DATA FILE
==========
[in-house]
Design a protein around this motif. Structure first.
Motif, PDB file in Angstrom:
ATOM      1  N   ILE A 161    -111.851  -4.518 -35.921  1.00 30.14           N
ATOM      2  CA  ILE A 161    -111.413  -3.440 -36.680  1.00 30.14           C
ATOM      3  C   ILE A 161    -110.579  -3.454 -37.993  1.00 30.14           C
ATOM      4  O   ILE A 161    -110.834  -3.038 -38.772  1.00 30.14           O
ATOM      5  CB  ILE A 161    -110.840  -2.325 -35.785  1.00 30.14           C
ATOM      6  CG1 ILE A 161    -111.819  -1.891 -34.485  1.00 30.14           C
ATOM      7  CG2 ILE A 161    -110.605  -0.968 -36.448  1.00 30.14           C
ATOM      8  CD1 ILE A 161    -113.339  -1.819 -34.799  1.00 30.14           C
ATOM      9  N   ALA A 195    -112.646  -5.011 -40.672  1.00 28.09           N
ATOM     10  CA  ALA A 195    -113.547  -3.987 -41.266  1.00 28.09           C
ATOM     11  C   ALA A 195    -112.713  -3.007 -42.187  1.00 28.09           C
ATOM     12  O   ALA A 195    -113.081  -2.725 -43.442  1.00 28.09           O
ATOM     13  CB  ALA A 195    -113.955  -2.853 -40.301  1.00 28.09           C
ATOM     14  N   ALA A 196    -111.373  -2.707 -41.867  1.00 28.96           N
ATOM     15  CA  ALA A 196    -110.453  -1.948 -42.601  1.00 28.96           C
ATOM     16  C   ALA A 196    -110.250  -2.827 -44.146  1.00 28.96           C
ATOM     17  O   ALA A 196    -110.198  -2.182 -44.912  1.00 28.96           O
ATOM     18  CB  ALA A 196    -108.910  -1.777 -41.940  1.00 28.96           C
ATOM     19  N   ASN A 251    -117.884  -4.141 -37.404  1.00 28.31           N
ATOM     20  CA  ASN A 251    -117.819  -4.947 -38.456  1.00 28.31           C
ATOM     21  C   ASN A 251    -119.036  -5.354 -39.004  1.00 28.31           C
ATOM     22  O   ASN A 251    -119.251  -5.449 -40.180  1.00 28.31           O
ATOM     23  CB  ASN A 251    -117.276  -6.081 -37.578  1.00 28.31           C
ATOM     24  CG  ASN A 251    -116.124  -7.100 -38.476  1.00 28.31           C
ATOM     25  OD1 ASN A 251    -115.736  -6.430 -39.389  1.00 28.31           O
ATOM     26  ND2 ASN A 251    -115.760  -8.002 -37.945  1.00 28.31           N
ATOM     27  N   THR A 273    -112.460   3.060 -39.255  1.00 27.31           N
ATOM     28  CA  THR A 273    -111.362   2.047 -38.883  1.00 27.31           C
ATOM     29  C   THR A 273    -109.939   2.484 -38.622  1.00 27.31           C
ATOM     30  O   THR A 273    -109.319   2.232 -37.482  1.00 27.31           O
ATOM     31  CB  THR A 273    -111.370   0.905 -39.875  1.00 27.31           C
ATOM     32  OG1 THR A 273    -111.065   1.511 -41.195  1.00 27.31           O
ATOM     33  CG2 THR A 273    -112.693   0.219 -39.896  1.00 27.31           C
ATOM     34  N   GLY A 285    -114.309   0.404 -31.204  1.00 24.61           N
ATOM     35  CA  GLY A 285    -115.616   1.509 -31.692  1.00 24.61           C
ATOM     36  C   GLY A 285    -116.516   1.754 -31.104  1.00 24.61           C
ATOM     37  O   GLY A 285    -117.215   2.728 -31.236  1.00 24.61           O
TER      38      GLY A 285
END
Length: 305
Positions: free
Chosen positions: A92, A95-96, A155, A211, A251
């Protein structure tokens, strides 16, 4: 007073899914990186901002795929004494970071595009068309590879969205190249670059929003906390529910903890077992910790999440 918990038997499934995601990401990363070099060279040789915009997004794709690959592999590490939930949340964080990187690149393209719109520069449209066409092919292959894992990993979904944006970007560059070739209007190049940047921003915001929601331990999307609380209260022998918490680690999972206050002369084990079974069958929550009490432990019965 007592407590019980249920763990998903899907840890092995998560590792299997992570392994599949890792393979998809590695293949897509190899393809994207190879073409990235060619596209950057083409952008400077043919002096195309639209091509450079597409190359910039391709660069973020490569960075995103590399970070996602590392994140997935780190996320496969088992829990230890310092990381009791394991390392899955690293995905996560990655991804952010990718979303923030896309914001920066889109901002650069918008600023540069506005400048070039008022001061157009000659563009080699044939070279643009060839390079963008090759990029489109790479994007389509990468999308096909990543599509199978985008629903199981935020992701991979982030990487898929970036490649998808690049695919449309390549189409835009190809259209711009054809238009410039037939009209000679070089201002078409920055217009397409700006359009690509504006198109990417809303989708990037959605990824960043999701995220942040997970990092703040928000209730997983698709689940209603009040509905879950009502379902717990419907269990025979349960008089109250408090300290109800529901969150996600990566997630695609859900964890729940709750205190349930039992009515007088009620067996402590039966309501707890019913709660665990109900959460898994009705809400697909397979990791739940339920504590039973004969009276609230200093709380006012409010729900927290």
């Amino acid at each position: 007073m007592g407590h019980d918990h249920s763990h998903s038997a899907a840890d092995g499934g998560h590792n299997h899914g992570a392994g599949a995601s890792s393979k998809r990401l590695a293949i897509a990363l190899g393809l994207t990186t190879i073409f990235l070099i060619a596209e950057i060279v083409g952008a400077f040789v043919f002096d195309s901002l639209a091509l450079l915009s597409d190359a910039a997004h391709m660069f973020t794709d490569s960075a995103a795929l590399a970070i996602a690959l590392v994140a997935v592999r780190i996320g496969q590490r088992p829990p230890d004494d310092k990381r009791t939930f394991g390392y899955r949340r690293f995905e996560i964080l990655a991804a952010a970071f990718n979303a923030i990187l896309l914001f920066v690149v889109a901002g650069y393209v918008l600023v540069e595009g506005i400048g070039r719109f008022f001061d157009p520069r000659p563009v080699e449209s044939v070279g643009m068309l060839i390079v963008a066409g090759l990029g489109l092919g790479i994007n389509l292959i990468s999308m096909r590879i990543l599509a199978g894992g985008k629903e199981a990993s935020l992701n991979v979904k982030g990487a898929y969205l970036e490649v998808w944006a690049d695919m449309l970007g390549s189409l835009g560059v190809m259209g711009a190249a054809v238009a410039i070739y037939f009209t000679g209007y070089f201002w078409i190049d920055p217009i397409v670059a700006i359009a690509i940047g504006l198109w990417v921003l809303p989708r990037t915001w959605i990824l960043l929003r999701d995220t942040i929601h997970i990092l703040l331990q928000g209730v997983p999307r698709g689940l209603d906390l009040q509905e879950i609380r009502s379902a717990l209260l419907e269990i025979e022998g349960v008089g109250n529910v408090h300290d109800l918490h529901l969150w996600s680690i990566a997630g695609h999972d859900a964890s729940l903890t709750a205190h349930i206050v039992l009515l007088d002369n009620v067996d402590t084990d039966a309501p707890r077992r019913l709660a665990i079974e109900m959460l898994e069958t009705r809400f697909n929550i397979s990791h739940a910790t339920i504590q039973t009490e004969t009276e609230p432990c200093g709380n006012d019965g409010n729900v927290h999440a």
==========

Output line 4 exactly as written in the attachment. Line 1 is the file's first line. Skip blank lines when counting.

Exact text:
ATOM      1  N   ILE A 161    -111.851  -4.518 -35.921  1.00 30.14           N